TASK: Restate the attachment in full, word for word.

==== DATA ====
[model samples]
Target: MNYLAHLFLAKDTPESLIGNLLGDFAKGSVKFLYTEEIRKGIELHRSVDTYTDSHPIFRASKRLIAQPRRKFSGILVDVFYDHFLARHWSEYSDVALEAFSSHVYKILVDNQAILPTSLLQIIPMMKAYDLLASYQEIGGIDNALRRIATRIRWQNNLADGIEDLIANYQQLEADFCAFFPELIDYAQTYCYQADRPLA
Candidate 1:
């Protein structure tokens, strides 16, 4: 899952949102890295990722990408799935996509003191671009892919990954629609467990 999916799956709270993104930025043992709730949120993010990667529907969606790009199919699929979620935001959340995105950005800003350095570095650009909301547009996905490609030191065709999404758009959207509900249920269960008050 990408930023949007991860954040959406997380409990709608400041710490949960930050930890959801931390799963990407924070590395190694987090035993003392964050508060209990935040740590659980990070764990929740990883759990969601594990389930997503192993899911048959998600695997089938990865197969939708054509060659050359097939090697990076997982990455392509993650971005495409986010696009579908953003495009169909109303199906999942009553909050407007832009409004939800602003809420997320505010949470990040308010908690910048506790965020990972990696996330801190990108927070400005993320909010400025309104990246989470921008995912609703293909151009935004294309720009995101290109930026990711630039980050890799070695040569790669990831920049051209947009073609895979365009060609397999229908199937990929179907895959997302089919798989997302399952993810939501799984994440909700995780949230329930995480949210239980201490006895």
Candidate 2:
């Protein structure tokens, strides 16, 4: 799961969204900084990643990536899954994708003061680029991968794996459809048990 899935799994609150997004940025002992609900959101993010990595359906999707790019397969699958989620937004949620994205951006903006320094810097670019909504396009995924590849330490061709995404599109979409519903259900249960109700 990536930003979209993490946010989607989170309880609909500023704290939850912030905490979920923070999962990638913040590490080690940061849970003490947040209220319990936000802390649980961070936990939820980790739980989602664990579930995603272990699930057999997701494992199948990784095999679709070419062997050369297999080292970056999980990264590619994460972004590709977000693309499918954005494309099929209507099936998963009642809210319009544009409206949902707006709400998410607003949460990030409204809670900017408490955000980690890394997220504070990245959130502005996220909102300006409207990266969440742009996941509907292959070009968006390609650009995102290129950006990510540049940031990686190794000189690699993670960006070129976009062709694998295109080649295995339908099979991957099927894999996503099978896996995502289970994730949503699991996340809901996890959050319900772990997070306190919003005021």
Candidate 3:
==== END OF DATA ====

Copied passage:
[model samples]
Target: MNYLAHLFLAKDTPESLIGNLLGDFAKGSVKFLYTEEIRKGIELHRSVDTYTDSHPIFRASKRLIAQPRRKFSGILVDVFYDHFLARHWSEYSDVALEAFSSHVYKILVDNQAILPTSLLQIIPMMKAYDLLASYQEIGGIDNALRRIATRIRWQNNLADGIEDLIANYQQLEADFCAFFPELIDYAQTYCYQADRPLA
Candidate 1:
């Protein structure tokens, strides 16, 4: 899952949102890295990722990408799935996509003191671009892919990954629609467990 999916799956709270993104930025043992709730949120993010990667529907969606790009199919699929979620935001959340995105950005800003350095570095650009909301547009996905490609030191065709999404758009959207509900249920269960008050 990408930023949007991860954040959406997380409990709608400041710490949960930050930890959801931390799963990407924070590395190694987090035993003392964050508060209990935040740590659980990070764990929740990883759990969601594990389930997503192993899911048959998600695997089938990865197969939708054509060659050359097939090697990076997982990455392509993650971005495409986010696009579908953003495009169909109303199906999942009553909050407007832009409004939800602003809420997320505010949470990040308010908690910048506790965020990972990696996330801190990108927070400005993320909010400025309104990246989470921008995912609703293909151009935004294309720009995101290109930026990711630039980050890799070695040569790669990831920049051209947009073609895979365009060609397999229908199937990929179907895959997302089919798989997302399952993810939501799984994440909700995780949230329930995480949210239980201490006895």
Candidate 2:
């Protein structure tokens, strides 16, 4: 799961969204900084990643990536899954994708003061680029991968794996459809048990 899935799994609150997004940025002992609900959101993010990595359906999707790019397969699958989620937004949620994205951006903006320094810097670019909504396009995924590849330490061709995404599109979409519903259900249960109700 990536930003979209993490946010989607989170309880609909500023704290939850912030905490979920923070999962990638913040590490080690940061849970003490947040209220319990936000802390649980961070936990939820980790739980989602664990579930995603272990699930057999997701494992199948990784095999679709070419062997050369297999080292970056999980990264590619994460972004590709977000693309499918954005494309099929209507099936998963009642809210319009544009409206949902707006709400998410607003949460990030409204809670900017408490955000980690890394997220504070990245959130502005996220909102300006409207990266969440742009996941509907292959070009968006390609650009995102290129950006990510540049940031990686190794000189690699993670960006070129976009062709694998295109080649295995339908099979991957099927894999996503099978896996995502289970994730949503699991996340809901996890959050319900772990997070306190919003005021």
Candidate 3: